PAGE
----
THE DRUG TRADE
The drug trafficking industry has modernized amid the drug wars of the 1980s and 1990s. All thanks to the peculiar economics of an illegal trade.
Editors' note: We chose to reprint this article fronz the respected British journalThe Economist for two main reasons. First, the authors describe in detail how the Latin American drug trade has solidified even as law enforcement has been stepped up over the last decade. This point casts doubt on all "source country" strategies, including the Drug Enforcement Administration's "kingpin strategy" targeting upper-echelon traffickers, as well as the Clinton administration's efforts to engage the military government of Burma in joint anti-heroin operations.
Second, the article gives perspective at a time when the United States has become more tense than ever in its relations with Colombia, which stands accused ofinsufficient efforts against drug trafficking. Clearly, the frustration of U.S. officials is traceable both to the actions of the Colombian government and to America's dogged persistence with drug prohibition.
Reprinted with permission from the December 24, 1994-January 6, 1995 edition of The Economist. Copyright 1995 by The Economist (the journal does not use bylines). All rights reserved.
IT IS MORE THAN FIVE YEARS since President Bush declaredwar on Latin America' s illegal cocaine industry. By increasing America's anti-drug budget, involving its armed forces in repression of the drug trade, and by offering hundreds of millions of dollars in aid to the governments and security forces of the Andean cocaine-producing countries, Mr. Bush planned to reduce the amount of cocaine reaching the United States from Latin America by 10 percent within two years, and by 50 percent in 10 years. Halfway through that decade — and after the United States has spent more than $50 billion on its anti-drug fight — Latin America's illegal drug industry is still booming.
Although the issue of illegal drugs is becoming more prominent in many European countries, it no longer commands headlines or the top slot on the political agenda in America. As Europe's politicians may quickly discover, this is mainly because their counterparts in America found that there were few electoral rewards in engaging with such an intractable problem.
Firm figures are few and far between but, such as they are, they give little comfort to anti-drug policemen anywhere. True, Arnerican officials reckon that production of cocaine may have fallen recently. (The National Narcotics Intelligence Consumers Committee estimated Latin America's "potential" output of cocaine at 770-805 metric tons in 1993, down from 955-1,000 tons in 1992.) But, as the officials admit, the cause has more to do with a fungus that attacked Peru' s coca crop than with successful law enforcement. Other analysts believe the committee may have underestimated yields. Though much more cocaine is intercepted by the authorities around the world than a decade ago, that positive trend has stopped: Total seizures lately seem to have stabilized atbetween 275 and 350 metric tons a year. In any case, the earlier increase in seizures may reflect higher production as much as tighter prohibition.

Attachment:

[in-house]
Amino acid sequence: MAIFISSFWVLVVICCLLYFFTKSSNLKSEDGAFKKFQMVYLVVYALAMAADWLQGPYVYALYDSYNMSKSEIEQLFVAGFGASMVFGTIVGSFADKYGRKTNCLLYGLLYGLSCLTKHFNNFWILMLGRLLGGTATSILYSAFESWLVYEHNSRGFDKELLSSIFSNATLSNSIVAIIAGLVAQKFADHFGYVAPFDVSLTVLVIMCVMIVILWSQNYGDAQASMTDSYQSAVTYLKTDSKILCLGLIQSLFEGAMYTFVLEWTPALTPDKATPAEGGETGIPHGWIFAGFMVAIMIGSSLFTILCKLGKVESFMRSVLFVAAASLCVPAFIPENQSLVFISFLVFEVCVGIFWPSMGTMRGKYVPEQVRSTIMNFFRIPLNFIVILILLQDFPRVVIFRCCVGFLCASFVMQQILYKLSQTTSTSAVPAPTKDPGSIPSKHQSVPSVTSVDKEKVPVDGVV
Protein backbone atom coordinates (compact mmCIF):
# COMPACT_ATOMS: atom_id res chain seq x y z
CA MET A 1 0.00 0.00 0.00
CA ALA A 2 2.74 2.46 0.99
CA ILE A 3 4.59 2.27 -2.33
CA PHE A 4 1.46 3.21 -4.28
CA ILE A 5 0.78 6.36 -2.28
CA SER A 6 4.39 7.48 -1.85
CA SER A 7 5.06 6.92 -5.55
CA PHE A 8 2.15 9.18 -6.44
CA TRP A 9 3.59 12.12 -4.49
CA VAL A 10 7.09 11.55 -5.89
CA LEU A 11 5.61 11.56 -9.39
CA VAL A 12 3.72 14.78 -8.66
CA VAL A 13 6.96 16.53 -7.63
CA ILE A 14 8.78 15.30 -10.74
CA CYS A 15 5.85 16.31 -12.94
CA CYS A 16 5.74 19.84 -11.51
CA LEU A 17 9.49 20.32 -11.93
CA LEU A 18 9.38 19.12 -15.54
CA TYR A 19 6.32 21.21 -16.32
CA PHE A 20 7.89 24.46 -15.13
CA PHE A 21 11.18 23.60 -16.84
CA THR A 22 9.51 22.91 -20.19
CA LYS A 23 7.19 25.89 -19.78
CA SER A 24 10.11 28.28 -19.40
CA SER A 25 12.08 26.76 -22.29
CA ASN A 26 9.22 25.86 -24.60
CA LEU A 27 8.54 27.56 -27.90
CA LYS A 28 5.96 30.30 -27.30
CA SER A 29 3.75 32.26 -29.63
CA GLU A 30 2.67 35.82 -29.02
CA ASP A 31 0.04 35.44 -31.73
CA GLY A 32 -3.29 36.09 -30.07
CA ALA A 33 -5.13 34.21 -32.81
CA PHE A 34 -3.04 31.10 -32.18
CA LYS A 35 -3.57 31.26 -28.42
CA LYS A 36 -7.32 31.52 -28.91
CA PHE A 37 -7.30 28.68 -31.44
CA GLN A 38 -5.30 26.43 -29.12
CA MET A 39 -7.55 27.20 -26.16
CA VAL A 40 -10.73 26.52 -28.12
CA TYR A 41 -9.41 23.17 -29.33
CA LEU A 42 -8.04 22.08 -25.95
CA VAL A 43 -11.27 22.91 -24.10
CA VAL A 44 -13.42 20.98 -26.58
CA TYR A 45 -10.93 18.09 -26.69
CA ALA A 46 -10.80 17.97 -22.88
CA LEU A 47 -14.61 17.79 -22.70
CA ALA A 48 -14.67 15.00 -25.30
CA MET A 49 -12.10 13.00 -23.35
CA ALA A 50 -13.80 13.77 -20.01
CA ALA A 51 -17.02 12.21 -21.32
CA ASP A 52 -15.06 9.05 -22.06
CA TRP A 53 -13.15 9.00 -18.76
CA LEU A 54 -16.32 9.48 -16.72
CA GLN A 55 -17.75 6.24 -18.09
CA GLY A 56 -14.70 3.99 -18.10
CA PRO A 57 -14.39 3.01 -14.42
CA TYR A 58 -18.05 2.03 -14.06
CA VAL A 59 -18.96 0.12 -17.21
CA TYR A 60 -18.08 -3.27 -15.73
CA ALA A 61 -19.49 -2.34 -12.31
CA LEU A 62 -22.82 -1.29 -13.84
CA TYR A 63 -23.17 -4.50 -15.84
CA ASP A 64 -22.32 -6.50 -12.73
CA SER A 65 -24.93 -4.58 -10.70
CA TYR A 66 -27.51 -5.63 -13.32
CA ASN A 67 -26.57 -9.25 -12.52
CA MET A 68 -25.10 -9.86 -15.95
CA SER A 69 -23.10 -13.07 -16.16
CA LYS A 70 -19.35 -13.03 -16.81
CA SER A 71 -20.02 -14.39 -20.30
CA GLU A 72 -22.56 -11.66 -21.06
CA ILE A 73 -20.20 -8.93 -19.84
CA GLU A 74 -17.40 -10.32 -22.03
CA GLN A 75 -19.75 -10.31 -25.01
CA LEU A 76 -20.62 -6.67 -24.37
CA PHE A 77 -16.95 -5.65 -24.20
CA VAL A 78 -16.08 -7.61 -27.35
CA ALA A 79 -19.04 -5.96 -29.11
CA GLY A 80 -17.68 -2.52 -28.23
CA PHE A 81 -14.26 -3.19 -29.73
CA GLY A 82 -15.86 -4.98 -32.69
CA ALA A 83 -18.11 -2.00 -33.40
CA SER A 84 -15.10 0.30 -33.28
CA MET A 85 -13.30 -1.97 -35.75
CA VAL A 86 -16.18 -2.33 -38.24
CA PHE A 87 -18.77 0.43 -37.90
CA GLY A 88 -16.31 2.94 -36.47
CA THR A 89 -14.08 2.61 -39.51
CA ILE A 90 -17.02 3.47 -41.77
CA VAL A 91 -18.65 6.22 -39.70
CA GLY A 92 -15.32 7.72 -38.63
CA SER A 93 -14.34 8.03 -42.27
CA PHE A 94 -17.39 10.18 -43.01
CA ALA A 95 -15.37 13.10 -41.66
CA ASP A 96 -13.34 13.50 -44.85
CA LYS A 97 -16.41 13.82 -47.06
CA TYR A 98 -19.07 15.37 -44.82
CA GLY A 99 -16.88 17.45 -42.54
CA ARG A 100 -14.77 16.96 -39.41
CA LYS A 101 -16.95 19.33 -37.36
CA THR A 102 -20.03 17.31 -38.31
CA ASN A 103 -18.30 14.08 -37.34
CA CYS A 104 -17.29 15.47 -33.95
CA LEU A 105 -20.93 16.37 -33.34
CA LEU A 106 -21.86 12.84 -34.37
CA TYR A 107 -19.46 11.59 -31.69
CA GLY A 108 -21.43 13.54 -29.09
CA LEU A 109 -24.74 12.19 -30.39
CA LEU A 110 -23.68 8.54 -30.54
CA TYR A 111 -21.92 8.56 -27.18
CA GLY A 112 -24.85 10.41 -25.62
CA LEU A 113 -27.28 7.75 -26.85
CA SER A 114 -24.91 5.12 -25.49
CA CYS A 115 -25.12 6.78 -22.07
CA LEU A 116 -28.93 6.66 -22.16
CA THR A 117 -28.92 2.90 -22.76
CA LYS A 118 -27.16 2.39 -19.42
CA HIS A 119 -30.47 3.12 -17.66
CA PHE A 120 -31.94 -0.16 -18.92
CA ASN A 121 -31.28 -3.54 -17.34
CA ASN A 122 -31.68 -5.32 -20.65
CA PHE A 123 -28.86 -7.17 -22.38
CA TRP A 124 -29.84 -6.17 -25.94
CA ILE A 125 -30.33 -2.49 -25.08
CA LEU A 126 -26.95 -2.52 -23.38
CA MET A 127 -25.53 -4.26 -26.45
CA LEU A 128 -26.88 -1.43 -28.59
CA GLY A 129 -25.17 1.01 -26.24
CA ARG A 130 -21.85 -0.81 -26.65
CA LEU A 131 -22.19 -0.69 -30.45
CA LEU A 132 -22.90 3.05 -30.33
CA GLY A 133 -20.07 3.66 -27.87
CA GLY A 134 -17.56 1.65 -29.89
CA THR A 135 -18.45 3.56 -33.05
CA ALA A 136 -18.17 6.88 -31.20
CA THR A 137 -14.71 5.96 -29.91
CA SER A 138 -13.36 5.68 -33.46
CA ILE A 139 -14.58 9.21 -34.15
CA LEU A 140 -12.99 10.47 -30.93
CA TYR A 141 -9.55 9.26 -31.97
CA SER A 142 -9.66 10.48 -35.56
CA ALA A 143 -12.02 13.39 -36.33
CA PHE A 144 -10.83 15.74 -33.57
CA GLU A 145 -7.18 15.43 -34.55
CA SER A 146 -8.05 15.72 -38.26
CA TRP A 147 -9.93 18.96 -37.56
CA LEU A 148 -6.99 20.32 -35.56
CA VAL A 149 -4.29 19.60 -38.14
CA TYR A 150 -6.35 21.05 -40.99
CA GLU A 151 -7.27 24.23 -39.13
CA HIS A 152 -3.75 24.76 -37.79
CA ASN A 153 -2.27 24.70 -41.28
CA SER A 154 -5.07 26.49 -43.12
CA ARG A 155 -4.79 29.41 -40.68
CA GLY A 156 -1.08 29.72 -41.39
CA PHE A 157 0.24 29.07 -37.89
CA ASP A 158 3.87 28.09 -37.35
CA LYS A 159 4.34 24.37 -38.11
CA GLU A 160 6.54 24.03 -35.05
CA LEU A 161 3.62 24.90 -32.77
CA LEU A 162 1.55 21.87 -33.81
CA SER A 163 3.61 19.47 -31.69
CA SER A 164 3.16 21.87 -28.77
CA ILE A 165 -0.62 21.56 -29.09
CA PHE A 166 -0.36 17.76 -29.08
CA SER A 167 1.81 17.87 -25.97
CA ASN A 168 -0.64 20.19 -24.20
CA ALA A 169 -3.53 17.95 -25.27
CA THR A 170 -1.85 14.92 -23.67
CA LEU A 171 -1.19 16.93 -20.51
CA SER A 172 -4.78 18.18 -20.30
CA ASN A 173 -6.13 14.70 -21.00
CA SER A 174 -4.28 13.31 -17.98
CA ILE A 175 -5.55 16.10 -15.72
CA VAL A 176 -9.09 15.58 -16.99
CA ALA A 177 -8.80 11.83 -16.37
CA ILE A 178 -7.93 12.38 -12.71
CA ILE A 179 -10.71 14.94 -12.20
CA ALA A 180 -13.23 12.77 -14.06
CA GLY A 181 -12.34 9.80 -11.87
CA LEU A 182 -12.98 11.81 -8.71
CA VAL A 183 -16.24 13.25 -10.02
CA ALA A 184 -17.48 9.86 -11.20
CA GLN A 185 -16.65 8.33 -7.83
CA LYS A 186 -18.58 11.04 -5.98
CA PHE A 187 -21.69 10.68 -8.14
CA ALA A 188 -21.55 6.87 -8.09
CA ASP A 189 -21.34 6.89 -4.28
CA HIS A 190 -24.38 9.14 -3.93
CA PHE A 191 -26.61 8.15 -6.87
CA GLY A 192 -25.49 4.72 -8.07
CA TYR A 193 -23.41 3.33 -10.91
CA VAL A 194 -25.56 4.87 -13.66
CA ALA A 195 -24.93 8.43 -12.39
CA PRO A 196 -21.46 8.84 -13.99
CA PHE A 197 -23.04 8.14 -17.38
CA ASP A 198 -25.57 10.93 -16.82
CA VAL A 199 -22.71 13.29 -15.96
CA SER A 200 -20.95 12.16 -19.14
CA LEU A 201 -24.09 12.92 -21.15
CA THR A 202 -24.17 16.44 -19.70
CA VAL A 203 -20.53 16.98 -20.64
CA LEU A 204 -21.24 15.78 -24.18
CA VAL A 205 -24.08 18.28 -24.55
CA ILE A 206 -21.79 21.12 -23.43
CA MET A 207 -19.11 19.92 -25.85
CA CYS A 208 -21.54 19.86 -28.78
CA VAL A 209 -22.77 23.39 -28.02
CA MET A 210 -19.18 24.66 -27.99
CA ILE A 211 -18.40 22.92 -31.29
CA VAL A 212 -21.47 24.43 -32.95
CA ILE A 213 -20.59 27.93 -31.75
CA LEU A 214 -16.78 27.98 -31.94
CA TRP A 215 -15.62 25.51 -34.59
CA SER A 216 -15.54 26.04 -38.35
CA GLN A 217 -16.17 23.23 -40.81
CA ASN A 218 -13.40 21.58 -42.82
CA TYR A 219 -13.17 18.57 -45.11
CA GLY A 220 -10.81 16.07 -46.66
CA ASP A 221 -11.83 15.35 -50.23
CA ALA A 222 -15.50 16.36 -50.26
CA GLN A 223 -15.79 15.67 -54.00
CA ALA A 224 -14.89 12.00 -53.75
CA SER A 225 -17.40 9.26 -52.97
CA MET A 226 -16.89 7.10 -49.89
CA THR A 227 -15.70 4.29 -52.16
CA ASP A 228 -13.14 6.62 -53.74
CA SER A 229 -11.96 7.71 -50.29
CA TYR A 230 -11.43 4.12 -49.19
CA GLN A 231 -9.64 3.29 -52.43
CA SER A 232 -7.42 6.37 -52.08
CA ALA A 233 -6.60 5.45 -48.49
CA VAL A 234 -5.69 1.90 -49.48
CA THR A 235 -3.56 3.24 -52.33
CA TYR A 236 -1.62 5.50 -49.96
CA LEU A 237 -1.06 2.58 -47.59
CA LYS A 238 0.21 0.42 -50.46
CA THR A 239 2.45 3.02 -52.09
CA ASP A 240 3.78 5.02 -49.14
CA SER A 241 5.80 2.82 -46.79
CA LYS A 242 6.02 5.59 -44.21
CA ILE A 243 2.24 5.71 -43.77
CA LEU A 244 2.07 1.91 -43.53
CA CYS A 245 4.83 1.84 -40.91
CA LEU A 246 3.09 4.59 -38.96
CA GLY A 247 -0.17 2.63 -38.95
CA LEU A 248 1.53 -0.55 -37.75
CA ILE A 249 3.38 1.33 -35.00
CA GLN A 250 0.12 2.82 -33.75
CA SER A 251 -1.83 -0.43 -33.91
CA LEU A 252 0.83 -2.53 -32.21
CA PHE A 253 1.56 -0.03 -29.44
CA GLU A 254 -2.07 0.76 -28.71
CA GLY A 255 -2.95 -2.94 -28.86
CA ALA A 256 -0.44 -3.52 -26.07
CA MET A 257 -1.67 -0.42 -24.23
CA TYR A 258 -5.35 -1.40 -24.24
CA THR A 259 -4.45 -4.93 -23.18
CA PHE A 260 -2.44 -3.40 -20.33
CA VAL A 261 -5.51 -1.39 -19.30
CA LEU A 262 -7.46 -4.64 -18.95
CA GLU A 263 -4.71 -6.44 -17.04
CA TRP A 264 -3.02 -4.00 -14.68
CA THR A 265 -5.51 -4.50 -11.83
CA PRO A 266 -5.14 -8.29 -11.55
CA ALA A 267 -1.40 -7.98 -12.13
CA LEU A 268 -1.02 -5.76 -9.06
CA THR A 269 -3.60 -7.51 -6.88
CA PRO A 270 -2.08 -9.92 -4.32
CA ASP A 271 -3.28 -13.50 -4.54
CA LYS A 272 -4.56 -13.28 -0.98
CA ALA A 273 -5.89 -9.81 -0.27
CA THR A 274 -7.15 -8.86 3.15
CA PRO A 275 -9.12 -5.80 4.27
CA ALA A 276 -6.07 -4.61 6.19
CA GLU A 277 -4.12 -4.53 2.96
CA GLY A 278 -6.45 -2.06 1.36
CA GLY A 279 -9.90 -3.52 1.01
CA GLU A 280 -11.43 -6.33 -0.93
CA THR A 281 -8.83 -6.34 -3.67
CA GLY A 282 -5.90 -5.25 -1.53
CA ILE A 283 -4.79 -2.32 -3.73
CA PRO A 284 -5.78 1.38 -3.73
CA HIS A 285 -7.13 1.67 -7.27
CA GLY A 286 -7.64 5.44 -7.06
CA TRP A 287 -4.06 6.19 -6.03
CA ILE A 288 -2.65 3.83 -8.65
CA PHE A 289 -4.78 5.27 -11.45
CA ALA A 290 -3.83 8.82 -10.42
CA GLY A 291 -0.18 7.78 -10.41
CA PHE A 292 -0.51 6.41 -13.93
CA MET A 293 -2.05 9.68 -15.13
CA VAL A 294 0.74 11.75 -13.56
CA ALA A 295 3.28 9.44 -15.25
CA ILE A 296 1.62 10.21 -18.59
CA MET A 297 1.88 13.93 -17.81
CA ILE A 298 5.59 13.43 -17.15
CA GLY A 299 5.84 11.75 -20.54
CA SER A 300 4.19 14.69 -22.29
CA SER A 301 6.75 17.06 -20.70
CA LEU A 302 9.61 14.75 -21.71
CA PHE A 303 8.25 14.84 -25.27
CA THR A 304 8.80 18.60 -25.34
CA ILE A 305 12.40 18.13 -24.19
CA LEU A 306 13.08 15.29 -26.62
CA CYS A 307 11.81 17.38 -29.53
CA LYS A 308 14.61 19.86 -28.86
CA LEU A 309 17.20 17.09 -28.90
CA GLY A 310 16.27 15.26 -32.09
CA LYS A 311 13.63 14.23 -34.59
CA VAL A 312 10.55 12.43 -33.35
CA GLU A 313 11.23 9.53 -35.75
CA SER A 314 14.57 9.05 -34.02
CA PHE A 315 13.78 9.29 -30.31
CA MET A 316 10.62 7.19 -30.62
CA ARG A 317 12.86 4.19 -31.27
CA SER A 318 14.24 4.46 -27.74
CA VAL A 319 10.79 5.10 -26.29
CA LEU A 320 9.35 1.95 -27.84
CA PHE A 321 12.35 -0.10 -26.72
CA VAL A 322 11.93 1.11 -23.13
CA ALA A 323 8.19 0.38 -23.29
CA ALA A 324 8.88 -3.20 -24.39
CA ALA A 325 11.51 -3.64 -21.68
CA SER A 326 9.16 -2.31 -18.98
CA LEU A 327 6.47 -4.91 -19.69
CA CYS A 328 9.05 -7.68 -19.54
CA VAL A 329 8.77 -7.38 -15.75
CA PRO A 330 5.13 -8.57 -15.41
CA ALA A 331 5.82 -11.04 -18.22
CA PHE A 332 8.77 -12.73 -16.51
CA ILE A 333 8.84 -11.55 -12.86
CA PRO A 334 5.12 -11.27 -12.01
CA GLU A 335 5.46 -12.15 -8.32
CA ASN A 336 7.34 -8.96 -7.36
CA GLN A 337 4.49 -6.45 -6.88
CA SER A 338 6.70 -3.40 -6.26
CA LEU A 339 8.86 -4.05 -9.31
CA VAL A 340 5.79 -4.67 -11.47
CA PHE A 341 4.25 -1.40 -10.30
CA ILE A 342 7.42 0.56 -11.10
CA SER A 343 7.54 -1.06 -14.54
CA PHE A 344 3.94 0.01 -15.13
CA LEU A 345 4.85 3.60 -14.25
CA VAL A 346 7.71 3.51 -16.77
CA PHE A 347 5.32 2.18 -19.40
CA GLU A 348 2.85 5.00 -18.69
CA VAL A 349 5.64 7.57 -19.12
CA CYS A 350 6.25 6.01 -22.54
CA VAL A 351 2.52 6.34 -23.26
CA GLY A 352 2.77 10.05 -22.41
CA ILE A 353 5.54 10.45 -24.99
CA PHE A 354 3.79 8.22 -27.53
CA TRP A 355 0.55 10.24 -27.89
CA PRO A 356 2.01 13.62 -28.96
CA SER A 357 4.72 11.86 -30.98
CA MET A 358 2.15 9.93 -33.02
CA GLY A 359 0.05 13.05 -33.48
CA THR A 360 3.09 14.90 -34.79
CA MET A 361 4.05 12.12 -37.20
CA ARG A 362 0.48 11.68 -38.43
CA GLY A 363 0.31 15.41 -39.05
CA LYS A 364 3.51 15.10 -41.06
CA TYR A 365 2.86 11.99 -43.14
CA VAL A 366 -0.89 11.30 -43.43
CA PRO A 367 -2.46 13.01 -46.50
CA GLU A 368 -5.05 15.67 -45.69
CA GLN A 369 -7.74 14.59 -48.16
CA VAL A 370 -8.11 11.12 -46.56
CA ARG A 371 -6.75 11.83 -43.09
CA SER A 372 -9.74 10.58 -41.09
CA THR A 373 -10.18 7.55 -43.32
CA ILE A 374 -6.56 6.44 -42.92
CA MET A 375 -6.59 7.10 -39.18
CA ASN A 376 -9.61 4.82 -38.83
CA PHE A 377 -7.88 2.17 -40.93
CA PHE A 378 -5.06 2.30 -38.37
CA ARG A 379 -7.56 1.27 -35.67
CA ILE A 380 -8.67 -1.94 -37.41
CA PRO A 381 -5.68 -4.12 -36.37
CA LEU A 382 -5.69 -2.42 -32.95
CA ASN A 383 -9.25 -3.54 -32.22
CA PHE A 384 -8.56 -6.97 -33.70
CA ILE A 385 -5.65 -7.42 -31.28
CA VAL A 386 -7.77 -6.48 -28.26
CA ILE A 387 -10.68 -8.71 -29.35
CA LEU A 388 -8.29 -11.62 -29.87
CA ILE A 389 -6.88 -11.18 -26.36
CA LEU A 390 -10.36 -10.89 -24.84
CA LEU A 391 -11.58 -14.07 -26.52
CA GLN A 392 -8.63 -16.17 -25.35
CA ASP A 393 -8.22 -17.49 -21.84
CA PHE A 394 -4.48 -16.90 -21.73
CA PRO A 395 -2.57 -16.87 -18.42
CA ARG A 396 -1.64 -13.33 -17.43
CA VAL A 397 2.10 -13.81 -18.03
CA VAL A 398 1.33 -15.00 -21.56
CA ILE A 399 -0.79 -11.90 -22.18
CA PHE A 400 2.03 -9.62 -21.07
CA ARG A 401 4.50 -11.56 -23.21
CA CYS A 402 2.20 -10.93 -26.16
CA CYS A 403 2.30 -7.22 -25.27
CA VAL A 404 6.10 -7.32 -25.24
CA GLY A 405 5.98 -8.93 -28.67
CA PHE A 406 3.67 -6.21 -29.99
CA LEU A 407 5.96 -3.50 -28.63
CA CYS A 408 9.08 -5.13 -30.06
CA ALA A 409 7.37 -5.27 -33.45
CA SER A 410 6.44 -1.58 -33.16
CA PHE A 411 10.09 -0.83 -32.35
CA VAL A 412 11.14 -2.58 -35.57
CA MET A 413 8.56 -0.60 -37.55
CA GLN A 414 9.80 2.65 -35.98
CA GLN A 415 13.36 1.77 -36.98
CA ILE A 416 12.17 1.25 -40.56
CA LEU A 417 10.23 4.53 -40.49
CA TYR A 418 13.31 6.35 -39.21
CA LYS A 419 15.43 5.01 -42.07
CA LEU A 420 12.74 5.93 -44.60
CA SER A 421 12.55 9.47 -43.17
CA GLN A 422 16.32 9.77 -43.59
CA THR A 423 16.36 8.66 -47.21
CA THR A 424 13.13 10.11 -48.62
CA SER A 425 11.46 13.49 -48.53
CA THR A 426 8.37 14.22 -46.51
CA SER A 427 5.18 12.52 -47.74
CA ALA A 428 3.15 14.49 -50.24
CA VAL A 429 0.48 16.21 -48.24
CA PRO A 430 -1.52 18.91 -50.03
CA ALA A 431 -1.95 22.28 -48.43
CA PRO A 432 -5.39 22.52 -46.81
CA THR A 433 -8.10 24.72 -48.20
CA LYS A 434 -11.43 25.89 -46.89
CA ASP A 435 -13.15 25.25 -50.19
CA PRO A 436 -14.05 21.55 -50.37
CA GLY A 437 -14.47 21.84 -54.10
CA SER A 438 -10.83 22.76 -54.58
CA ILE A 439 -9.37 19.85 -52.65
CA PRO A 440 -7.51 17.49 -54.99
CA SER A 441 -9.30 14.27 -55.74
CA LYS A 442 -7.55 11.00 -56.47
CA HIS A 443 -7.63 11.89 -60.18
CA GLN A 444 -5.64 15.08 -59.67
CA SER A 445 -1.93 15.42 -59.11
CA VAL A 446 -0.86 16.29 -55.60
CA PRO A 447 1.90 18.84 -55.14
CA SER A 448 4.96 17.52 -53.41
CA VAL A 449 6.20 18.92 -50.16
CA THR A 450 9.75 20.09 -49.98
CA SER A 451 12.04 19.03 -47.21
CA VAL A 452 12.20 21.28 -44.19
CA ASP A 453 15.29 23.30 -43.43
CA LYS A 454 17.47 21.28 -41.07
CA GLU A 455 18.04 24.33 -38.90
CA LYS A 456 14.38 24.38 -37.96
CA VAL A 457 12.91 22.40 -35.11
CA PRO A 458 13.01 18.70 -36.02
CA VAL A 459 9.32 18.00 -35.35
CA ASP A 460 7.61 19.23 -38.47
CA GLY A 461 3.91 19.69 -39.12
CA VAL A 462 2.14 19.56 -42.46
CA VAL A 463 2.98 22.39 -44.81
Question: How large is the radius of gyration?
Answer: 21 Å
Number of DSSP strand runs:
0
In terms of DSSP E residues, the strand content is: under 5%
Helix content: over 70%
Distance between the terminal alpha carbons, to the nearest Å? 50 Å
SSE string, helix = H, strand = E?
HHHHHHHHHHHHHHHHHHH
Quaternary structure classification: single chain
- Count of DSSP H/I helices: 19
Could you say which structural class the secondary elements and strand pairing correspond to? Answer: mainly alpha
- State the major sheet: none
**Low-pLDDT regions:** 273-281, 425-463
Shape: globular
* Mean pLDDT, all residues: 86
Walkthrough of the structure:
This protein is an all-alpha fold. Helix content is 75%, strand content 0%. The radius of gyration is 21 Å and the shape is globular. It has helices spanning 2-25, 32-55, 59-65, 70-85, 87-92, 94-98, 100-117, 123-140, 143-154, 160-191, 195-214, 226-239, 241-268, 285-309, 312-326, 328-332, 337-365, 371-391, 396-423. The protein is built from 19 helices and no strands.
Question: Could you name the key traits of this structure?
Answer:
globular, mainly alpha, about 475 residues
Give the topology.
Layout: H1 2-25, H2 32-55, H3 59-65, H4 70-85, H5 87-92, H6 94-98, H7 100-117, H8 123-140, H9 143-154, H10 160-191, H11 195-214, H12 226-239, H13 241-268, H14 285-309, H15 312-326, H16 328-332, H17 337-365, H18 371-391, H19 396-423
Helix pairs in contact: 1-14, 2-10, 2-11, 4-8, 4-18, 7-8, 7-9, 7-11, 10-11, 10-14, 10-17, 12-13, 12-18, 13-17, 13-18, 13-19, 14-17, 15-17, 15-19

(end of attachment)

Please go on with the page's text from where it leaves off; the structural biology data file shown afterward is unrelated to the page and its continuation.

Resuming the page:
The United States remains much the largest market for cocaine. Despite the efforts of a dozen government agencies and all those Bush dollars, repression has not threatened supply. The drug's price is low and stable. For the past five years, wholesale prices have fluctuated around an average of $16,000 to $20,000 a kilo (down from $50,000 to $60,000 in the early 1980s). Meanwhile, new markets for cocaine have opened up across the world, especially in Europe. America's State Department notes that all major European capitals have reported a growing influx of cocaine. Last year Russian police seized more than a ton of Colombian cocaine in St. Petersburg.
On the demand side, use of cocaine and crack has spread to Europe's inner cities. In America, government figures suggest that the casual use of cocaine declined sharply after 1985, but is now increasing again. Some analysts doubt the value of this figure: It relies on consumers telling the truth. The figures also show that consumption by regular users is going up. Hospital emergencies involving cocaine — probably the most reliable indicator of consumption — have increased by 25 percent since 1991. In addition, the use of heroin is rising sharply in America.
This bleak picture is not due to lack of effort by the drug fighters. Indeed, they have some notable successes to their credit, thanks partly to unprecedented cross-border cooperation. One such success was "Green Ice," an international operation in 1992 against the money-laundering system of traffickers from Cali, Colombia. Coordinated by America's Drug Enforcement Administration (DEA) , it led to 200 arrests in seven countries and the seizure of $40 million in cash.